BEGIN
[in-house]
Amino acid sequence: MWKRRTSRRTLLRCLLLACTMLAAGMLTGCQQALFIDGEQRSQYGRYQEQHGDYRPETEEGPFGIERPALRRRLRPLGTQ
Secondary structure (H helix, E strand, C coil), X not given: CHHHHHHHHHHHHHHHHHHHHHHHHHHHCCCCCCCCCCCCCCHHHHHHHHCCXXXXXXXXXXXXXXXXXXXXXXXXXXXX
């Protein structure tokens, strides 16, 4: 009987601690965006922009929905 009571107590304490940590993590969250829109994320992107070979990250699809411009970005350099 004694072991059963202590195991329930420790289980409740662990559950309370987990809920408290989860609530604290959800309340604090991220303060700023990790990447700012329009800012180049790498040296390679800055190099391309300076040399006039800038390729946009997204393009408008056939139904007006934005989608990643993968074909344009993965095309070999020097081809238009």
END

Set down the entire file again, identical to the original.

[in-house]
Amino acid sequence: MWKRRTSRRTLLRCLLLACTMLAAGMLTGCQQALFIDGEQRSQYGRYQEQHGDYRPETEEGPFGIERPALRRRLRPLGTQ
Secondary structure (H helix, E strand, C coil), X not given: CHHHHHHHHHHHHHHHHHHHHHHHHHHHCCCCCCCCCCCCCCHHHHHHHHCCXXXXXXXXXXXXXXXXXXXXXXXXXXXX
């Protein structure tokens, strides 16, 4: 009987601690965006922009929905 009571107590304490940590993590969250829109994320992107070979990250699809411009970005350099 004694072991059963202590195991329930420790289980409740662990559950309370987990809920408290989860609530604290959800309340604090991220303060700023990790990447700012329009800012180049790498040296390679800055190099391309300076040399006039800038390729946009997204393009408008056939139904007006934005989608990643993968074909344009993965095309070999020097081809238009």